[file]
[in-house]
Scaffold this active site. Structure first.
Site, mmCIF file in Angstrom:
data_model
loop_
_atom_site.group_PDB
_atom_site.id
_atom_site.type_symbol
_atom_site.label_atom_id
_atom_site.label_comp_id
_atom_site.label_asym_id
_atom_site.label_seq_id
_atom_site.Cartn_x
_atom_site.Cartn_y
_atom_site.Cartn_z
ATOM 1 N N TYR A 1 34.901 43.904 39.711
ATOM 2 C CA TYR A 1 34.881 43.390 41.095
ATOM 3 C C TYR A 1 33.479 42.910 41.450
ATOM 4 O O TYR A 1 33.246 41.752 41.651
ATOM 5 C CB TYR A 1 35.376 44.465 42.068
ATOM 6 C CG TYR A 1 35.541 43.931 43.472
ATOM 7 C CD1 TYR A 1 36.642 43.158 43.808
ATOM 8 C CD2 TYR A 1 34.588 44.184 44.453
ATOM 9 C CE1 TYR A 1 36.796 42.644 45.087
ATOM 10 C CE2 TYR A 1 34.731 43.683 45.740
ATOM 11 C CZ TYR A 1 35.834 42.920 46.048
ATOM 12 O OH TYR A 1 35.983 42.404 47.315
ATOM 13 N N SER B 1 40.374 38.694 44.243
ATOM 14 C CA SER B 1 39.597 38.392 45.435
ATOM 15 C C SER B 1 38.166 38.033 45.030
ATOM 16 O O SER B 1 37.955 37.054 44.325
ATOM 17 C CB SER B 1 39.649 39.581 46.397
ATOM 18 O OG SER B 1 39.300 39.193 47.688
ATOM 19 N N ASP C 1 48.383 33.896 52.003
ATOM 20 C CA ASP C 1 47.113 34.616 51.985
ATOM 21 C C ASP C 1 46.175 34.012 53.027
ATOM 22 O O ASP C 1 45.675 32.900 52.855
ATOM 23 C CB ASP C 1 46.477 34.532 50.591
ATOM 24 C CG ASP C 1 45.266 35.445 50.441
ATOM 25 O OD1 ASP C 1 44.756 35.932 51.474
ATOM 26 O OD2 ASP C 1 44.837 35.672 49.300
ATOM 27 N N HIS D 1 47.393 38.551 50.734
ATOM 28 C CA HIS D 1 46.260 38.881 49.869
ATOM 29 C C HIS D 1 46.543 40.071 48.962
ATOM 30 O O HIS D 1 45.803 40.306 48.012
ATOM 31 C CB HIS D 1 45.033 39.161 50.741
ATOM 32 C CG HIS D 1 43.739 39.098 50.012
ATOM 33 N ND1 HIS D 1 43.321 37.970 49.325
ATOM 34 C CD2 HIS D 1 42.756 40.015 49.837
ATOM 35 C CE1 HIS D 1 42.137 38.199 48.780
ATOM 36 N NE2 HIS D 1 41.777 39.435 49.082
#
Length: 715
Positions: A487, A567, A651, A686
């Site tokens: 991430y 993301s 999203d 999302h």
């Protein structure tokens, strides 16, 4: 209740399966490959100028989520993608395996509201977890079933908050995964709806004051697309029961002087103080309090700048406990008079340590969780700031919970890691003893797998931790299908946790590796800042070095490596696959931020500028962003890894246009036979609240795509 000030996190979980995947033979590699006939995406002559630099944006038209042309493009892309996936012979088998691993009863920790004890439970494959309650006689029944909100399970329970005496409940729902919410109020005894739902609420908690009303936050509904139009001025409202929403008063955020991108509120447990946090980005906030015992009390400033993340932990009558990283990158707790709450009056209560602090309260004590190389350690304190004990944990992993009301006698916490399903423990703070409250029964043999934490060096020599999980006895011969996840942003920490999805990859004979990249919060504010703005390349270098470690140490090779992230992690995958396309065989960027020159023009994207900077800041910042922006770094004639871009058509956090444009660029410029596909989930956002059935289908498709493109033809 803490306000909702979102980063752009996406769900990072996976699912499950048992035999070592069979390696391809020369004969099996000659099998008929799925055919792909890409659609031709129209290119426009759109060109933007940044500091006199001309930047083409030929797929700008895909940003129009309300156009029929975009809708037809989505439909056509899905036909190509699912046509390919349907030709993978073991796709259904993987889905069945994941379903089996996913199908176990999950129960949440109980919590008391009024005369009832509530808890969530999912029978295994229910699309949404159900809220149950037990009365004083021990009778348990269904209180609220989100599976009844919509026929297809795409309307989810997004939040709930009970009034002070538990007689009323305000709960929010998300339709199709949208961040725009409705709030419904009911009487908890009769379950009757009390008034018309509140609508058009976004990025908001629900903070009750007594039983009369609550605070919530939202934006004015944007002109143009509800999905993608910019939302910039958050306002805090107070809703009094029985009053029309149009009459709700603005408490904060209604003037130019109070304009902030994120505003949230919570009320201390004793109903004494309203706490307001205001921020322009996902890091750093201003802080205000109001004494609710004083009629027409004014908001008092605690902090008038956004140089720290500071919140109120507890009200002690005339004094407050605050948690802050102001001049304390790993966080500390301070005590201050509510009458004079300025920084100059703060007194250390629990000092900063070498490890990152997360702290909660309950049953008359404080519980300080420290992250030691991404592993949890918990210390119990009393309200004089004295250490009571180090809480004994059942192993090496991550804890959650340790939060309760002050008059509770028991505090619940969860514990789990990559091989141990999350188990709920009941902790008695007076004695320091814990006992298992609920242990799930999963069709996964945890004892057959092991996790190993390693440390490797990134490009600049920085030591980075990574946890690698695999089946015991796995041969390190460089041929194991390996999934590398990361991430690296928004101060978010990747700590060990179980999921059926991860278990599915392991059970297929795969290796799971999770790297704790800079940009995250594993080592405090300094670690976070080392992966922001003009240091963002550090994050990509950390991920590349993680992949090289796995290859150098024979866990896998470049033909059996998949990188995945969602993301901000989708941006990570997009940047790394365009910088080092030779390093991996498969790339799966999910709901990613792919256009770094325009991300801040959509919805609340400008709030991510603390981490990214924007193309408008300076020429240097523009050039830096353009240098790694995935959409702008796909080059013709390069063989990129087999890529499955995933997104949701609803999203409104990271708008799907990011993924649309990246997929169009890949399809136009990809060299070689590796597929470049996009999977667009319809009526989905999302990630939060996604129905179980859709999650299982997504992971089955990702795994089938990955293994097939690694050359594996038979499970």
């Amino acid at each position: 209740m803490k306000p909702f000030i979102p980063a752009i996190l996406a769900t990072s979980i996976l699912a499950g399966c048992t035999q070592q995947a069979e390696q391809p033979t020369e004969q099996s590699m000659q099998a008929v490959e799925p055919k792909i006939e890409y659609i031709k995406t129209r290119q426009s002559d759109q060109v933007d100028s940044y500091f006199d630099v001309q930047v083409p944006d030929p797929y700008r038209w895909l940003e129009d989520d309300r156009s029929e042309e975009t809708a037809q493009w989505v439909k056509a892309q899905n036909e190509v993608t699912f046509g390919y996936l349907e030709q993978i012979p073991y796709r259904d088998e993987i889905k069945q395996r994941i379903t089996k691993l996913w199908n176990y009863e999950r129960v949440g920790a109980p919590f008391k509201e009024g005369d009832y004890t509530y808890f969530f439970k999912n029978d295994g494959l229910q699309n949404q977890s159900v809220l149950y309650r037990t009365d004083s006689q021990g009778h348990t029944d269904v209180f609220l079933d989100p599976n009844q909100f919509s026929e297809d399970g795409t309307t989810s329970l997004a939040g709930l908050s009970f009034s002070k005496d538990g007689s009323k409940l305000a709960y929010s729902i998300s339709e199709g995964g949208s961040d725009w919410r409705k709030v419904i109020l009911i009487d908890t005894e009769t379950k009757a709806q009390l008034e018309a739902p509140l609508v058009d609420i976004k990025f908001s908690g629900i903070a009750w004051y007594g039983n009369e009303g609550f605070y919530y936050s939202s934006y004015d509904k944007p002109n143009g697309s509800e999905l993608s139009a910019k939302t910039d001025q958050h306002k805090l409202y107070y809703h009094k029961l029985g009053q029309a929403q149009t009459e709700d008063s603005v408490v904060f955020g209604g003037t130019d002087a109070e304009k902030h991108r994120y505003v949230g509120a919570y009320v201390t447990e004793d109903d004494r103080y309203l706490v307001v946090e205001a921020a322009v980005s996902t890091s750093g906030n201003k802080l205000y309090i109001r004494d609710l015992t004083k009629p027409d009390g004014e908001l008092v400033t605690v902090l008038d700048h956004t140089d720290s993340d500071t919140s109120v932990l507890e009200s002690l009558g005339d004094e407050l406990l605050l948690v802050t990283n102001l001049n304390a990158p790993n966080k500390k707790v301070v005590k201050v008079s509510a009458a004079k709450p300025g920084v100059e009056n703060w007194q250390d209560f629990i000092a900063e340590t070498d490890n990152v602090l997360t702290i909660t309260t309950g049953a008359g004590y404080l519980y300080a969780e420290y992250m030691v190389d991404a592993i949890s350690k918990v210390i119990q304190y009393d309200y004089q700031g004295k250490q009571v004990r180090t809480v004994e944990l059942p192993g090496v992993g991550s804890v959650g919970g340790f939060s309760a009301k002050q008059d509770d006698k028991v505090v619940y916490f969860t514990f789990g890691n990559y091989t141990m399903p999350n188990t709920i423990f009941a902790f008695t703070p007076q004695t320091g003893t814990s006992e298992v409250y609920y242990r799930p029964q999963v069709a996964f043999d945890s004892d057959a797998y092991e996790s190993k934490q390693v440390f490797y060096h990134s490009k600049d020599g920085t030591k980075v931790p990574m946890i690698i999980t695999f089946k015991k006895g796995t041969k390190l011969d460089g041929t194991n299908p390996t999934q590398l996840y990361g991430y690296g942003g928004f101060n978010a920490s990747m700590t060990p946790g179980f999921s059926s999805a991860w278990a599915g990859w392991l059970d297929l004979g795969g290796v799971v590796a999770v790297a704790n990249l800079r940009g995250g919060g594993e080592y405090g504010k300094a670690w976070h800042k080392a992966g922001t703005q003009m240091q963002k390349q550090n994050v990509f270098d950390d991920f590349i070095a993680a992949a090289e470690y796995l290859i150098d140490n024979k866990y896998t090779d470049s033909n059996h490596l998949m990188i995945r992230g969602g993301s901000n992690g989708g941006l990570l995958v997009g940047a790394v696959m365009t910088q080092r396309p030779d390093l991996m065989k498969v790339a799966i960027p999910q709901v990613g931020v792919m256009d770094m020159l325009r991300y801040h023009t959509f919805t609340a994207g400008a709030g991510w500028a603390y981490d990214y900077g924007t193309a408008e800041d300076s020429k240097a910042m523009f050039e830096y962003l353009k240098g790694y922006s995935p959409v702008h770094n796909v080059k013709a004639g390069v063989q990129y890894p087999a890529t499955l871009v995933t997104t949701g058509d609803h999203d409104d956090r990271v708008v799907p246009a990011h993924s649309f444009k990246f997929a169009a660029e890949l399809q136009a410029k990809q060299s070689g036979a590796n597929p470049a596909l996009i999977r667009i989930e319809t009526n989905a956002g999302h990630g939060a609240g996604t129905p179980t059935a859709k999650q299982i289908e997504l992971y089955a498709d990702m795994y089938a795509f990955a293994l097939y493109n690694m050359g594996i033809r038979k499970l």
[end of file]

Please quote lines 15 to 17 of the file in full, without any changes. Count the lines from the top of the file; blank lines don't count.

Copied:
_atom_site.Cartn_z
ATOM 1 N N TYR A 1 34.901 43.904 39.711
ATOM 2 C CA TYR A 1 34.881 43.390 41.095